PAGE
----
Norwegian Spritz Cookies

Spritz cookies are a popular butter cookie throughout Scandinavia. The soft dough can be pushed through a cookie press to create a variety of festive shapes. (Sarah Nasello)
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By Sarah Nasello

Spritz—known as sprut in Norway—is a popular holiday cookie throughout Scandinavia and northern Europe. Made with common pantry staples, this simple recipe yields a cookie that’s rich and buttery, with crisp edges and a melt-in-your-mouth texture.

The word “spritz” comes from the German verb “spritzen,” meaning “to squirt,” as the cookies are traditionally shaped by using a cookie press. In Norway, the custom was to press the spritz into s’s and o’s, but today you’ll find a variety of festive shapes, including Christmas trees, wreaths, snowflakes, and more. You can buy a cookie press for about $10 at most big-box and home stores. You can also use a piping bag fitted with a large open star tip or even just two spoons to drop the dough onto a baking sheet.

Spritz dough can be somewhat fickle when pressing, and I’ve modified my family’s recipe over the years to resolve this issue. Instead of using a whole egg in the dough, I use two egg yolks to create a richer and more pliable texture. I also add two teaspoons of milk to keep the dough smooth. And I never, ever chill the dough before pressing. These simple corrections have made my holiday spritz blitz easy and enjoyable, with nearly every cookie being perfectly formed.

Makes about 7 dozen cookies

  • 1 cup (2 sticks) unsalted butter, softened to room temperature
  • 2/3 cup granulated white sugar
  • 2 large egg yolks
  • 2 teaspoons milk, whole or 2 percent
  • 2 teaspoons pure vanilla extract
  • 1/2 teaspoon almond extract, optional (may also use other extracts or citrus zest to flavor)
  • Food coloring, optional
  • 2 1/4 cups all-purpose flour
  • 1/4 teaspoon kosher or sea salt

Preheat the oven to 350 degrees F and place a baking sheet in the refrigerator to chill.

In a large bowl, use a stand mixer with paddle attachment or handheld mixer, on medium speed, to cream the butter and sugar until pale and fluffy, at least 4 to 5 minutes. Add the egg yolks, milk, and extracts and mix again for 2 minutes. Scrape down the sides and bottom of the bowl as needed, and beat again to combine.

Add the flour and salt and mix on low speed for 30 seconds, then increase speed to medium and beat for another 30 seconds until fully combined. Add food coloring, if desired, and beat again until fully incorporated.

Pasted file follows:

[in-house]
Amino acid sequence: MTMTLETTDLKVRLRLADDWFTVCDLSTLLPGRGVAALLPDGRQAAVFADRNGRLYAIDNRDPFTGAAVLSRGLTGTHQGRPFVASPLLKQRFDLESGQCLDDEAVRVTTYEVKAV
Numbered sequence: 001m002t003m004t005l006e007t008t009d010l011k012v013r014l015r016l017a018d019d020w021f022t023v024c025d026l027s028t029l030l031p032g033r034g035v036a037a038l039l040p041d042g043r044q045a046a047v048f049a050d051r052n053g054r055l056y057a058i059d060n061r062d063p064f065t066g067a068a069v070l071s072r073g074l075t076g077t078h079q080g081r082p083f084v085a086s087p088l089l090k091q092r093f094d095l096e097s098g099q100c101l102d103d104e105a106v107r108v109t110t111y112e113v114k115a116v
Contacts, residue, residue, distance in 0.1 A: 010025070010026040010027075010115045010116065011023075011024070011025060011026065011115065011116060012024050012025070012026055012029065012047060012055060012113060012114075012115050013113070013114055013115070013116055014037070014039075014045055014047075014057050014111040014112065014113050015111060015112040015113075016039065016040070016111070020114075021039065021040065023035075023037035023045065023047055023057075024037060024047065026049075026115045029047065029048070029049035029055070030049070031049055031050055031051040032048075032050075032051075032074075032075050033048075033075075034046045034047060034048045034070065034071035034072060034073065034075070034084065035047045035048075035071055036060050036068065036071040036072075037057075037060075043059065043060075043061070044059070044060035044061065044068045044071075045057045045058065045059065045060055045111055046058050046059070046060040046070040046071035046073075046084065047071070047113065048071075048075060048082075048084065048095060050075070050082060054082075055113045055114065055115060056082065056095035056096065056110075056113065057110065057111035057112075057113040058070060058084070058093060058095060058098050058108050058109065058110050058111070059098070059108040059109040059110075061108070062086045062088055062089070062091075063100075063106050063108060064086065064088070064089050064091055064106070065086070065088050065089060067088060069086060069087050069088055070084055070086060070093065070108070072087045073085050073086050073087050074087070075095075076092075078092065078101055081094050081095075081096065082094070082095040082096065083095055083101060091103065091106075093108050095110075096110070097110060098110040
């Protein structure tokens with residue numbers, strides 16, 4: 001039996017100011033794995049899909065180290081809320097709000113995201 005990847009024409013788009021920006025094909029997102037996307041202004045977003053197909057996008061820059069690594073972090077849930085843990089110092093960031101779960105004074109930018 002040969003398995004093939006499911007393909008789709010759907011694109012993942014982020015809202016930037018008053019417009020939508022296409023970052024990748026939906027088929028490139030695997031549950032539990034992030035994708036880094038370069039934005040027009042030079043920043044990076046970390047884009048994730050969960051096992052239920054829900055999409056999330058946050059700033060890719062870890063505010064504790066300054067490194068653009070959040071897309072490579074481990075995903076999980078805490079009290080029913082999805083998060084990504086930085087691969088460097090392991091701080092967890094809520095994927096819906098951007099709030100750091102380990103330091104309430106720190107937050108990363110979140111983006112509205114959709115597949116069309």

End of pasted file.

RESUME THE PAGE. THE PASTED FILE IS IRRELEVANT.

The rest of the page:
In small pieces, pack the dough into a cookie press (see Notes) until almost full. Press the dough onto the chilled and ungreased baking sheet. The cookies will not spread much as they bake, so you will only need to leave about one inch between them. Any cookie dough that did not press properly can be placed back into the cookie press. To prevent spreading, chill the pressed cookies in the refrigerator for 20 minutes before baking.

Bake for 9 to 11 minutes, until the edges just begin to slightly brown. Remove from the oven and let the cookies cool on the baking sheet for 3 minutes, then transfer to a wire rack to cool completely.

Once cooled, the cookies can be dipped in melted chocolate or drizzled with glaze, if desired.

Notes

Do not chill this dough, as the butter will harden too much to press.

Save the egg whites for use in another recipe, such as coconut macaroons or omelets.

If you don’t have a cookie press, you can also use a piping bag fitted with a large open star tip, or even just two spoons to drop the dough onto the baking sheet.

Sarah Nasello is a food writer, recipe developer, and passionate home baker based in Fargo, North Dakota, where she lives with her Sicilian-Canadian husband and son. A picky eater as a child, Sarah’s love for food developed through her former life as a cruise director, when she traveled to all seven continents, and her 28 years of marriage to her husband, a trained chef and hospitality professional.

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